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From linux Fri Feb 14 22:36:39 1992
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Date: Fri, 14 Feb 92 13:31:10 +0000
From: db1@ukc.ac.uk
To: linux-standards@concert.net
Subject: Root, partitions, directoryes

It seems to me that it is not clear why we need root to have 
home in / and why something is needed in /bin /lib /etc

The point is to minimize the possible damage from a disk crash
and be able to do admin even with a half broken system.

Usually you put swap and root in one phisical disk and all the
rest of the partitions somewhere else. By doing this you 
have less probability that a crash of ONE of your disks is going to 
make your systm useless.

Infact if you have swap, root and all admin commands ( essential )
in one disk you can "repair" the damage fairly quickly.

The point is to select whta commands are "essential" ...... to do
repairing.

Something like

format 
mkfs
init
login
getty
sh
vi
......

Anyway. I don't think root HAS to have .exrc .bashrc .mailrc ......
remembar the su is supposed to leave the environ intact
if you do not do su -

Damiano

From linux Fri Feb 14 22:50:56 1992
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Date: Fri, 14 Feb 92 21:50 CST
From: dws@engr.uark.edu (David W. Summers)
To: db1@ukc.ac.uk
Subject: Re: Root, partitions, directoryes
Cc: linux-standards@concert.net


Maybe part of the problem people are having with directories in certain places
in the file system structure is that there has not been any talk (that I've
seen) about what partitions are assumed.

I know that on a SUN, there is the / (root) partition, a /usr partition which
is read-only, a /home partition for the users and a /var partition where
/var/tmp, /var/spool, etc. are place in.

Maybe this can help clear up why some people like directories in certain
places in the file system tree??????????


   - David Summers

From linux Sat Feb 15 12:46:52 1992
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Date: Sat, 15 Feb 92 12:45:53 -0500
From: tytso@ATHENA.MIT.edu (Theodore Ts'o)
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To: dws@engr.uark.edu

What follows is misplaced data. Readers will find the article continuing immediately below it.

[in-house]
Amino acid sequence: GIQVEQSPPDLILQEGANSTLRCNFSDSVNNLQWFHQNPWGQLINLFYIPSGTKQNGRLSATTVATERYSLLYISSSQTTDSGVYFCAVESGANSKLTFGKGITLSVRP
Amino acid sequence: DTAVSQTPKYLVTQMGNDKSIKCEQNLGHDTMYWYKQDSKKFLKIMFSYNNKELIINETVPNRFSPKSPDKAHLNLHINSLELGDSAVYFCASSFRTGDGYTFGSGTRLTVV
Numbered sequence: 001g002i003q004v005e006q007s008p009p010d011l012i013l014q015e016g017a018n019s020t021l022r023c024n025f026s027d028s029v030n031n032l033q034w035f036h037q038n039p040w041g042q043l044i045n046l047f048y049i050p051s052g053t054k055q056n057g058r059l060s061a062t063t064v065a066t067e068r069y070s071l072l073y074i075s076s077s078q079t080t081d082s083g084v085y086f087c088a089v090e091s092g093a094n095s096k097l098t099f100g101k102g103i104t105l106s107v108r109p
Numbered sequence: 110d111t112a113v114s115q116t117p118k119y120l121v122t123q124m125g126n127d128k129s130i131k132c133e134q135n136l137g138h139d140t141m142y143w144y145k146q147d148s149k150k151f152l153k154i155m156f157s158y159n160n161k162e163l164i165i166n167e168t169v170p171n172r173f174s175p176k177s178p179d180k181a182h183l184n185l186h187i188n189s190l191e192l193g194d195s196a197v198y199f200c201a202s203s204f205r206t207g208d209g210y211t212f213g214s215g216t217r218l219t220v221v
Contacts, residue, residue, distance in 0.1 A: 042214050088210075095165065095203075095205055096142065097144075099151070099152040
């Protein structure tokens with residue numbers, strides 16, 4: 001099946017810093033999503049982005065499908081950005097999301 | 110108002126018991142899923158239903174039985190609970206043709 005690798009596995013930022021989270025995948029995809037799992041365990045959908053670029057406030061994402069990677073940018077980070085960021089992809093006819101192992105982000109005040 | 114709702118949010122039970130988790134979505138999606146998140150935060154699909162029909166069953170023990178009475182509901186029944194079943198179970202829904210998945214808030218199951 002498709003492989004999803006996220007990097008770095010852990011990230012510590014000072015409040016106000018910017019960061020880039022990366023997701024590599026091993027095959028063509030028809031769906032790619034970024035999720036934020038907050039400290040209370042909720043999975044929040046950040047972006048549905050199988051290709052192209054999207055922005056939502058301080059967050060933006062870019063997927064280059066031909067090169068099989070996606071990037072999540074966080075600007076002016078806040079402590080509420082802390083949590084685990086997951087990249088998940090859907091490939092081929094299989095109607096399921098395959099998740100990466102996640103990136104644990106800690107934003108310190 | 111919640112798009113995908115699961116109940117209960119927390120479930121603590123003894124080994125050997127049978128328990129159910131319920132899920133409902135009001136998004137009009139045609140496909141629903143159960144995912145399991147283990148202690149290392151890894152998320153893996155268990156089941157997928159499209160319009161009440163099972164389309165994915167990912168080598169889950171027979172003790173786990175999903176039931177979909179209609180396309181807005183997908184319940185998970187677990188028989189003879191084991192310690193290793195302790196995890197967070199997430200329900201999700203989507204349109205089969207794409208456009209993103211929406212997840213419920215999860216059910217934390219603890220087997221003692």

Cc: db1@ukc.ac.uk, linux-standards@concert.net
In-Reply-To: David W. Summers's message of Fri, 14 Feb 92 21:50 CST, 
<m0lFGPr-00014LC@engr.uark.edu>
Subject: Re: Root, partitions, directoryes
Reply-To: tytso@athena.mit.edu
Address: 1 Amherst St., Cambridge, MA 02139
Phone: (617) 253-8091

   Date: Fri, 14 Feb 92 21:50 CST
   From: dws@engr.uark.edu (David W. Summers)

   I know that on a SUN, there is the / (root) partition, a /usr
   partition which is read-only, a /home partition for the users and a
   /var partition where /var/tmp, /var/spool, etc. are place in.

Hold on a second!  Sun can assume that people need to have so many
partitions, because after all, Sun is a hardware manufacturer and makes
money selling disks.  Some of us may not have the luxury of throwing so
many disks/partitions at the problem.  That's why I've been plugging
/usr/home.  People with one /usr partition can have /usr/home be in the
same partition as /usr, and people with more disks (and by extension,
money) to burn, can mount one of their copious numbers of partitions on
/usr/home.  

In contrast, if you use /homes then you must either use a sym link from
/usr/homes to /homes, which gets confusing to users --- or you have to
use another partition.  (Theoretically, I suppose you have a third
options of using one gigantic partition and mount it in /, but that's
not very satisfying either.)

I do agree, though, that we should just adopt the draft filesystem
standard, since I doubt we will be able to get accomplish much more by
merely flaming on the subject.  To give it credit, it looks a lot less
like a camel(*) than many other standards efforts which I have seen, and it
is definitely better than what we have now.

						- Ted

(*) Definition of a camel: a horse designed by committee

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